There are many factors to consider before setting up a business, one being – do you trade as a sole trader or limited company. The most important considerations are: income, future business plans, tax implications, the industry you operate in, the types of clients you wish to attract, and the level of record-keeping and accounting you are prepared to do.
There are so many benefits to running a business as a limited company, but it won’t appeal to everyone. Operating as a sole trader is much simpler because there are far fewer filing and accounting requirements. However, if tax savings, financial protection and corporate prestige are at the top of your list, you should definitely consider company formation.
Before making any decisions, we recommend speaking to an accountant or professional advisor for help.
- What is the difference between a sole trader and a limited company?
- Do I have to register with Companies House to set up as a sole trader?
- Tax efficiency – Income Tax vs corporation tax
- How to change your business from sole trader to limited company
- Do sole traders and companies require business insurance
What is the difference between a sole trader and a limited company?
A sole trader is a self-employed person who registers a business with HMRC. As a sole trader, you can work on your own or employ other people, but you will be wholly and personally responsible for the business and its liabilities. There is no legal distinction between you and your business. You must register for Self Assessment, pay Income Tax and National Insurance Contributions on all taxable income, and file Self Assessment tax returns each year.
Sole trader advantages
- You can register online in just a few minutes.
- No need to incorporate at Companies House.
- No registration fee.
- Usually inexpensive to get started.
- Minimal bookkeeping, accounting and filing requirements.
- Accounting costs are usually lower. You may even be able to do your own accounts and tax returns.
- Full ownership and control of the business.
- Decisions and changes are quick and easy to make.
- All profit after tax belongs to the sole trader.
- No personal or business details are disclosed on public record.
Sole trader disadvantages
- Sole traders have unlimited liability for all debts and claims because there is no legal distinction between personal finances and business finances.
- The individual is wholly responsible for making all decisions.
- Can be more challenging to raise capital.
- All taxable income of the sole trader is liable for Income Tax and NI.
- Larger companies and lenders prefer dealing with incorporated business structures rather than sole traders.
- Often viewed as smaller and less established than incorporated structures. Limited companies are viewed as more professional and credible.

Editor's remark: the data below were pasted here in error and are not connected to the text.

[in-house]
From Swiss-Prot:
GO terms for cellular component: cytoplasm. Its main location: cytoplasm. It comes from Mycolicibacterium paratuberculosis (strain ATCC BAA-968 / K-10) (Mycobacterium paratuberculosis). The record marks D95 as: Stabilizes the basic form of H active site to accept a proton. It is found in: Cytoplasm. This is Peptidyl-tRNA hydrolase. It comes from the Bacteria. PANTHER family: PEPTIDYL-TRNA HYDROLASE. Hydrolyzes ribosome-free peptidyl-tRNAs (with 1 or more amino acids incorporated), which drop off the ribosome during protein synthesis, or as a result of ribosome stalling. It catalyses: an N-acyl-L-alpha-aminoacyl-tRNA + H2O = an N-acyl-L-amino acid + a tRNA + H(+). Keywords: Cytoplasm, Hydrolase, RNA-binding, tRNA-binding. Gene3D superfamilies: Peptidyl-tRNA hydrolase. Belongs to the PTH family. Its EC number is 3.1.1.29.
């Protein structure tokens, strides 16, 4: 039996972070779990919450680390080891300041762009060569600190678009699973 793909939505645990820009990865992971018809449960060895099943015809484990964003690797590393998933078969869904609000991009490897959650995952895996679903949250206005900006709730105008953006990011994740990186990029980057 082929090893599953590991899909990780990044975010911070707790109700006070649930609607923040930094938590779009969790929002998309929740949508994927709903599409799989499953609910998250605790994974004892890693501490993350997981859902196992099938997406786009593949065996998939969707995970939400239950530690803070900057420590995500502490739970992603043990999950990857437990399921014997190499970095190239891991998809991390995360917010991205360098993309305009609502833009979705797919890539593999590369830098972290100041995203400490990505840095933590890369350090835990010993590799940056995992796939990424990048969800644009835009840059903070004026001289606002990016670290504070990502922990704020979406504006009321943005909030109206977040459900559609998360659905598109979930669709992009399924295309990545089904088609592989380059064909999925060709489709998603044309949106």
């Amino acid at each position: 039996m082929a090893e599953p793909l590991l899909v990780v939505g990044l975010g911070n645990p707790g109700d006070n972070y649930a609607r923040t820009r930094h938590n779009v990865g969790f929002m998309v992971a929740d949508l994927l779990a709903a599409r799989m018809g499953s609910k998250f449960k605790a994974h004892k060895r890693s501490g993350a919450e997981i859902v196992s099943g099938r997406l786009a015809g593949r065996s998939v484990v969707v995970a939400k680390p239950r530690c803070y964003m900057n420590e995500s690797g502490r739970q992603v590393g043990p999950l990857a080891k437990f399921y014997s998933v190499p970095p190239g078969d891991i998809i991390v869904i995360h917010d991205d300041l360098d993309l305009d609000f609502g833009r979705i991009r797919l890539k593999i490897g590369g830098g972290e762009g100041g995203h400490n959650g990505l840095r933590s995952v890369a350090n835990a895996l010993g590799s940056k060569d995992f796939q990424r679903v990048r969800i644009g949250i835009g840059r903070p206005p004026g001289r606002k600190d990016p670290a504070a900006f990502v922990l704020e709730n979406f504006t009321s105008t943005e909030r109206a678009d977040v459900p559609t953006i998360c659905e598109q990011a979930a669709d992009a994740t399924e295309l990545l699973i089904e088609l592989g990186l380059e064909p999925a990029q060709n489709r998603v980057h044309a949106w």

- Not as tax-efficient as a limited company.
- Not always possible to meet the criteria for statutory sick pay and maternity pay
A limited company is a type of business structure that is incorporated (registered) at Companies House. It is a distinct legal entity that is completely separate from its owners and responsible for its own finances and debts. The owners benefit from reduced financial responsibility for business debts. This is known as limited liability.
Most companies are limited by shares and owned by shareholders. Some are limited by guarantee and owned by guarantors. Limited by guarantee is the preferred choice of non-profit organisations whose owners do not take a share of trading profits. Companies are managed by one or more directors, who may or may not also be the owner(s).
Companies must pay corporation tax on all taxable profits, submit tax returns each year and comply with a number of statutory filing and reporting requirements under the Companies Act 2006. Despite the additional administration, it is a very tax efficient structure for many people.
Advantages of a limited company
- Distinct legal entity that is separate from its owners.
- Provides limited liability. This means that the personal finances and assets of shareholders/guarantors are protected beyond what they agree to invest or guarantee to the business.
- Professional credibility and improved status.
- Often viewed as larger and established corporations, even if they are owned and managed by just one person.
- Appeal to a broader range of potential clients.
- Often easier to raise capital from lenders and investors.
- Can be easier to grow a business when it’s set up as a company.
- Enjoy perpetual existence, which means they remain in existence beyond the involvement of the original owners.
- Pay corporation tax on all taxable income.
- Often more tax-efficient.
- Directors can pay themselves a mixture of a salary and dividends, which is more tax-efficient.